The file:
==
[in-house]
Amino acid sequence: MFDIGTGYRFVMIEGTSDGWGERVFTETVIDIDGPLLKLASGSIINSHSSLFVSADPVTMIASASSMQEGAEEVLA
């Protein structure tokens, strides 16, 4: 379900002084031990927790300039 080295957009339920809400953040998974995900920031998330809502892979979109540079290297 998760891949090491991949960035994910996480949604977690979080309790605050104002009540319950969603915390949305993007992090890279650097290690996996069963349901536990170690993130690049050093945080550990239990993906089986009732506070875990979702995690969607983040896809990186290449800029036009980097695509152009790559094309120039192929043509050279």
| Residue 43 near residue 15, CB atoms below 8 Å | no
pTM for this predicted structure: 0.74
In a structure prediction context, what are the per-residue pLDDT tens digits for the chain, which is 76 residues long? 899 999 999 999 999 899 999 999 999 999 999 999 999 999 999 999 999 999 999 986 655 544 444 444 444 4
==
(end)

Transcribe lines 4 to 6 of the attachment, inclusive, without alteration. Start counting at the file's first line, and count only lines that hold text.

| Residue 43 near residue 15, CB atoms below 8 Å | no
pTM for this predicted structure: 0.74
In a structure prediction context, what are the per-residue pLDDT tens digits for the chain, which is 76 residues long? 899 999 999 999 999 899 999 999 999 999 999 999 999 999 999 999 999 999 999 986 655 544 444 444 444 4